Most everyone knows that our current governor, Bill Haslam, lives in West Knoxville on Sherwood Drive. However, very few people know that another governor (now retired) also lives in Knoxville less than a mile from the Haslam home. He is Frank Barnett, 80, former lieutenant governor and then governor of American Samoa (1975 to 1977) who lives on Orleans Drive in the Westlands.
Barnett attended Bearden Elementary School when he grew up on Lonas Drive and graduated from old Knoxville High. He graduated from the University of Tennessee and UT College of Law.
He was in practice with Howard Baker and Robert Worthington in the original Baker law firm.
He worked for Gov. Winfield Dunn as an administrative aide and later served on the state Board of Regents, appointed by Gov. Don Sundquist.
Barnett was appointed to leadership roles in American Samoa by Interior Secretary Rogers Morton, who worked for President Gerald Ford.
American Samoa today has a population of roughly 55,000, according to the 2010 census. It elects its own governors.
Barnett recalls the four-day visit of Queen Elizabeth II to Samoa in February 1977 as the highlight of his tenure. He and his wife, Carolyn, were hosts for the queen and Prince Philip, who arrived on a British Airways flight but departed on the Britannia, the queen’s yacht, which is now decommissioned and berthed near Edinburgh and is open to the public for tours.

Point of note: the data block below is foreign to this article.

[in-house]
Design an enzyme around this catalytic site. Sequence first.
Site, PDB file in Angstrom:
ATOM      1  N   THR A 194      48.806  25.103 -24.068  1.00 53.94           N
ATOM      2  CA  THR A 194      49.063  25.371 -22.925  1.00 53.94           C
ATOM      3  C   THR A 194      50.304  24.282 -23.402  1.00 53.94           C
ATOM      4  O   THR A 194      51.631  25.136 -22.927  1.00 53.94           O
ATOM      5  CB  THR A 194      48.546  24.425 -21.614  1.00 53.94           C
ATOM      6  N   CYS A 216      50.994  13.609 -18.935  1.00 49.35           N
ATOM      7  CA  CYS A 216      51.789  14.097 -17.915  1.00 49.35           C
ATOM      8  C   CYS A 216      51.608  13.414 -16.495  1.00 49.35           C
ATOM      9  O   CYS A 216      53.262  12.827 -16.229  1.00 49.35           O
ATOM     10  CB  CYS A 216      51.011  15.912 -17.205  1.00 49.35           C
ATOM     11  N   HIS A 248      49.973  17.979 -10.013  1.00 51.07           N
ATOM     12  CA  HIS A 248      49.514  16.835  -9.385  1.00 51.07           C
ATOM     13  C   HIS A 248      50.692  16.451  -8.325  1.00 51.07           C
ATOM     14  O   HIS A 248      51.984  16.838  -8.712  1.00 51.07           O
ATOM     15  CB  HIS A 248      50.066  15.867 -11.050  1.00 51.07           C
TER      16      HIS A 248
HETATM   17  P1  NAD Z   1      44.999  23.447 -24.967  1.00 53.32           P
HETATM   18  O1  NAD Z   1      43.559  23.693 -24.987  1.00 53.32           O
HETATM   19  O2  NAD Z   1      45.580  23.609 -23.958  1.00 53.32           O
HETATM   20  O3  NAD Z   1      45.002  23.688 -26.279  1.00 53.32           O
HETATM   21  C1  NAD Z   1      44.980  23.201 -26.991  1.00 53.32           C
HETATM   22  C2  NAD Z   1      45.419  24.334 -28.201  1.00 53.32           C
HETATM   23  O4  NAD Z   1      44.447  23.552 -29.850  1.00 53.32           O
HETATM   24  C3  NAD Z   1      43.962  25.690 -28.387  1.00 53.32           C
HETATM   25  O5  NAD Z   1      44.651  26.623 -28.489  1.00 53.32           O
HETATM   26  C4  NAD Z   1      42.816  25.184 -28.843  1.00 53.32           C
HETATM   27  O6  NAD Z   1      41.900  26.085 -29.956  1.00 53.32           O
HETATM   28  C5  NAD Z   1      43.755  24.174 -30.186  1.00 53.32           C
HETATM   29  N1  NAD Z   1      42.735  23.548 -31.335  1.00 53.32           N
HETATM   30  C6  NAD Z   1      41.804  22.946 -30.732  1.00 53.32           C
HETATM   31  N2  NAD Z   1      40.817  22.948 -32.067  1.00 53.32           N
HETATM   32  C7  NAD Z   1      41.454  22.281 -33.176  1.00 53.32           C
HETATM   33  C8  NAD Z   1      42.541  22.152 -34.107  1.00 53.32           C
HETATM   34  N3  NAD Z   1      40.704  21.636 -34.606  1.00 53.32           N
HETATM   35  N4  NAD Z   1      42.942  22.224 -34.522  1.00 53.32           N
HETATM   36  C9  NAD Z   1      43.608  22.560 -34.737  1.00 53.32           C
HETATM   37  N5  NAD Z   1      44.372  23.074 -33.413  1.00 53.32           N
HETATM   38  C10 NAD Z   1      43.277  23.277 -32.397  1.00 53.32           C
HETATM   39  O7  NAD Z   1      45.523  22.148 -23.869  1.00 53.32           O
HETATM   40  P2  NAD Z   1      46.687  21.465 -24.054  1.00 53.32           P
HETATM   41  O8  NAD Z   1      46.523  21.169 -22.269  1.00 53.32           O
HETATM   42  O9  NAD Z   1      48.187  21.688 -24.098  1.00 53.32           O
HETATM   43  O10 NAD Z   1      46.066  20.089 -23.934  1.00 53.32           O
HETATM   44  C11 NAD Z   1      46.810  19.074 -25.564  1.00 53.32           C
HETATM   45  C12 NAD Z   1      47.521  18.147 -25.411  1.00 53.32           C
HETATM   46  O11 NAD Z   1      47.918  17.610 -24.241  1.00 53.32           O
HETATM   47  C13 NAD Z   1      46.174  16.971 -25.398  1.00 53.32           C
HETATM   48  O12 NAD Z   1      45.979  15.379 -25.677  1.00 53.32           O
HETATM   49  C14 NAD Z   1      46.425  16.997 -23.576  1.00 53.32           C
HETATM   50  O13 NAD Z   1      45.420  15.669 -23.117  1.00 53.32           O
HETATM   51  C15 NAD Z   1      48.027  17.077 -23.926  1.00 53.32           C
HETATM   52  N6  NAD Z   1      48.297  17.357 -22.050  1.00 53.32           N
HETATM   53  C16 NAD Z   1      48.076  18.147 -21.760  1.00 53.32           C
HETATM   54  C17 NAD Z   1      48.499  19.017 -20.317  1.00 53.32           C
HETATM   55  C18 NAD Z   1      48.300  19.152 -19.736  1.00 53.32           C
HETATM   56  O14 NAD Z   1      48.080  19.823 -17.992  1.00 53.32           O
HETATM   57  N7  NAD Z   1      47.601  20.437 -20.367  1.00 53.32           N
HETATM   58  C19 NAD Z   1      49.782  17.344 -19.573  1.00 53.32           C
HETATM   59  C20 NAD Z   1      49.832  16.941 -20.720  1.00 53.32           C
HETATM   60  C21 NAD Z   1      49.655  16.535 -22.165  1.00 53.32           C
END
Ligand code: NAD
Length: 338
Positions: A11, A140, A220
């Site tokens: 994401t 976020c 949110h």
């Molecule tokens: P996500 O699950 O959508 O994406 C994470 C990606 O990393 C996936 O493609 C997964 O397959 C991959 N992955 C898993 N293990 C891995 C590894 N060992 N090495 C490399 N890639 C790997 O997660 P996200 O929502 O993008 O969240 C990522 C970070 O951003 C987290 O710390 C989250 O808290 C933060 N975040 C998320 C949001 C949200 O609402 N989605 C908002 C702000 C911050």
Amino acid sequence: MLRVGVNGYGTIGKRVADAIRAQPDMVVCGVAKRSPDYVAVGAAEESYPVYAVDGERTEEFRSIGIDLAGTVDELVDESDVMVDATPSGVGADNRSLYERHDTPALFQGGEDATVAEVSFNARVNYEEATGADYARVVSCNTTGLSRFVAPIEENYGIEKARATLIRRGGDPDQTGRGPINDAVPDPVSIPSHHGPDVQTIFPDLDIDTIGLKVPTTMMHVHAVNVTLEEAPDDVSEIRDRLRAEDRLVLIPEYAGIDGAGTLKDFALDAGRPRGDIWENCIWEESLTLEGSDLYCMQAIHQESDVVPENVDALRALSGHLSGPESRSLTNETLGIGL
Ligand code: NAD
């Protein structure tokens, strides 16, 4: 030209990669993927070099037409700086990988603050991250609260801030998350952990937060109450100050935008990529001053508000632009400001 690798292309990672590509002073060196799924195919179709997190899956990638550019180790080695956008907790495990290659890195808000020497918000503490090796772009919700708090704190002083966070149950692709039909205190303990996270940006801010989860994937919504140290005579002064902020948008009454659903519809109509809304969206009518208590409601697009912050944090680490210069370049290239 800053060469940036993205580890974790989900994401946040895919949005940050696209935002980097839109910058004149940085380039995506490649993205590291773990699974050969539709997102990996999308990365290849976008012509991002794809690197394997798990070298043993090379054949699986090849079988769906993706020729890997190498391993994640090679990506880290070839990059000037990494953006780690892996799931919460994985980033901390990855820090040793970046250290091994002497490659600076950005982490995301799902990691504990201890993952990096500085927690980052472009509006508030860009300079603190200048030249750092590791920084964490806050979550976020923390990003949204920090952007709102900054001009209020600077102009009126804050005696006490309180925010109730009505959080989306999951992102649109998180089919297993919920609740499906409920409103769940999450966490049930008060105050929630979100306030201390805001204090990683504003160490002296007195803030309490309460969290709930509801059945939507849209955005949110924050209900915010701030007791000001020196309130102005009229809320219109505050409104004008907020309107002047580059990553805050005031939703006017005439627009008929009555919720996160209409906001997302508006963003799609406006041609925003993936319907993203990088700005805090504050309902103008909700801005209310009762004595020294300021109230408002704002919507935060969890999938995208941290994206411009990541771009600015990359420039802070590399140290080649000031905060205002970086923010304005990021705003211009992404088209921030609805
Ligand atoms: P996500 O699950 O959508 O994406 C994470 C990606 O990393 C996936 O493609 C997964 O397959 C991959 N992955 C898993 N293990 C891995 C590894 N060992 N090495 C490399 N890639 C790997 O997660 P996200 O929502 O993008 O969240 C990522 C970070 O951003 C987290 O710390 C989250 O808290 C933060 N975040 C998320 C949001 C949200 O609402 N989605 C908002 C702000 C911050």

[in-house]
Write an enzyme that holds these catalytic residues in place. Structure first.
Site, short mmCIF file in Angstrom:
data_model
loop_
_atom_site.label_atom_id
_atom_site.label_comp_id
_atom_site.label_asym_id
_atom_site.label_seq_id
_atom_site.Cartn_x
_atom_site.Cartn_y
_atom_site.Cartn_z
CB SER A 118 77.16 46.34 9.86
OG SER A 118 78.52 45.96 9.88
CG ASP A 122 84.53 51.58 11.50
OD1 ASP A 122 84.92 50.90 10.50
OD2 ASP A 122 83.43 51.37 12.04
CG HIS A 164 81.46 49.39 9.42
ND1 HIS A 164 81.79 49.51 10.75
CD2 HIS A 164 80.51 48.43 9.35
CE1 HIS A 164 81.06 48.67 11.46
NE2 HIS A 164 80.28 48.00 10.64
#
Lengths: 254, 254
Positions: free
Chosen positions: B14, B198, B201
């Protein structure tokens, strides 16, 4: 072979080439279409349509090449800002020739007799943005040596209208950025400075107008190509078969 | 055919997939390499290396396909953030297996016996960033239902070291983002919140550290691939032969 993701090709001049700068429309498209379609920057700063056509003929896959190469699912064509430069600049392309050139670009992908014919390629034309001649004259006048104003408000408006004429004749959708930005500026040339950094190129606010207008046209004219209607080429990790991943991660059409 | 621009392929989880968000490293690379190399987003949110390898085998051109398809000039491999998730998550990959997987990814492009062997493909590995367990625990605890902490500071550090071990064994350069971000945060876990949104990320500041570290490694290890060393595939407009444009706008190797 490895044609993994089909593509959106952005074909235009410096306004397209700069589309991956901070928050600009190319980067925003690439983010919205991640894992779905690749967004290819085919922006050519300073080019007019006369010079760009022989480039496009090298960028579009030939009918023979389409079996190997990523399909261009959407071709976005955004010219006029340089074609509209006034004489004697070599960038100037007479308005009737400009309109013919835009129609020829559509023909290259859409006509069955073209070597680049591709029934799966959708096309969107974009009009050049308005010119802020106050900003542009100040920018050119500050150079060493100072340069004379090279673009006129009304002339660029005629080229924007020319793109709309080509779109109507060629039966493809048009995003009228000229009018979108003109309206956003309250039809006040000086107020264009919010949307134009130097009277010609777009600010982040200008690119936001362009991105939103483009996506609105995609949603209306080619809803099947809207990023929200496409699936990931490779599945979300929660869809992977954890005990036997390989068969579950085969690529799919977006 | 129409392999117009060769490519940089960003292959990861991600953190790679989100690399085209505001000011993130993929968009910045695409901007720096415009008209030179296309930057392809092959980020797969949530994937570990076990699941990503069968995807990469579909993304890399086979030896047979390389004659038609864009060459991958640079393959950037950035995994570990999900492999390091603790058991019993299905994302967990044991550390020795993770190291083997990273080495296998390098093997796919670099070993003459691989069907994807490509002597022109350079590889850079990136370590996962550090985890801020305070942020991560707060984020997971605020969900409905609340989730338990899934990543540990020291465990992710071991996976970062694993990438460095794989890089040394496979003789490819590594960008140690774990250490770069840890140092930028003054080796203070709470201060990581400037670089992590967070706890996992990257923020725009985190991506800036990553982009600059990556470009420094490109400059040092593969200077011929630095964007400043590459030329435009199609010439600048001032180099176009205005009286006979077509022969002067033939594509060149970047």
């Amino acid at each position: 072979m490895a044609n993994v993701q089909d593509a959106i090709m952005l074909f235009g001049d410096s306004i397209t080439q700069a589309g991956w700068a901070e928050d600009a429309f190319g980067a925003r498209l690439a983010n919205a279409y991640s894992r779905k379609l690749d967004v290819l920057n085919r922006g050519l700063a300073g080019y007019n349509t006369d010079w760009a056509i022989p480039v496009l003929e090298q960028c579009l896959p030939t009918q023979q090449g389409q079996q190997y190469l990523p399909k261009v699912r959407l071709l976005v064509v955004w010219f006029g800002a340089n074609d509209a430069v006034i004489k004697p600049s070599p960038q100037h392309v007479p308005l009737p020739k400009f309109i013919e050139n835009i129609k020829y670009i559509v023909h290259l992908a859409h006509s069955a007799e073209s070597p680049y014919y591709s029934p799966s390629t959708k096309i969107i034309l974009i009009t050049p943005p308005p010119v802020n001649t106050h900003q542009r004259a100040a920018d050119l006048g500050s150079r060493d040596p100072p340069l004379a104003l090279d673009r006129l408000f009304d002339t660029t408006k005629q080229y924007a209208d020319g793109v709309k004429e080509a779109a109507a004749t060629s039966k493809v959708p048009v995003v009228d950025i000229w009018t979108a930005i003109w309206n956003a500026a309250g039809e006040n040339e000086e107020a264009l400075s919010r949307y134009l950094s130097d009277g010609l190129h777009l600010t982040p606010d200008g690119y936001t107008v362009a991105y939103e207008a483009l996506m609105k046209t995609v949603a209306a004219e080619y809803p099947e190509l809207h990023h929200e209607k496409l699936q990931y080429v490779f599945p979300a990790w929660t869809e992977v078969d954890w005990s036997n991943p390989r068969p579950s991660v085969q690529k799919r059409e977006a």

The queen also visited Western Samoa, an independent nation. The Barnetts are probably the only residents of Knoxville today who have dined with Queen Elizabeth II on her yacht. Barnett as governor officially welcomed the queen and prince to American Samoa and rode with her from the airport to the Britannia in the harbor of Pago Pago (capital of American Samoa). He describes her today “as extremely gracious and well informed.”
Barnett also attended the National Governors’ Conference and was invited to the White House by President Carter, along with other governors.
■ The Eugenia Williams House on Lyons View Pike continues to occupy top-level UT personnel. Even Deborah DiPietro, wife of the UT president, attended a recent tour.
While UT is finally moving to study what the current leadership has inherited, it is unclear to this writer where it is all headed. Meetings will be closed to the public at a time when the university could win points for a more open process.
Butch Peccolo, who chairs the committee, noted the house was vacant for 17 years before UT acquired it by gift. However, he failed to mention that UT let the house remain vacant for another 17 years, allowing further downgrading of the house after accepting it. Prior UT administrations have contributed to the deterioration by neglect and even canceled a fundraising effort to be led by Jim and Natalie Haslam to salvage the house.
Asked if the committee plans to invite comments from the neighborhood and the community in general, UT spokesperson Gina Stafford said “input will not be sought at this point in the initiative.” Somewhat astonishing that the university would not seek input from neighbors and groups like Knox Heritage.
Stafford carefully refers to the “Williams property,” rather than the Williams house. One wonders if there is already an unstated desire to demolish the house with the use of this language. However, anyone wishing to comment on the Williams house and property may write Peccolo at 709 A Andy Holt Tower, Knoxville, TN 37996 or email him at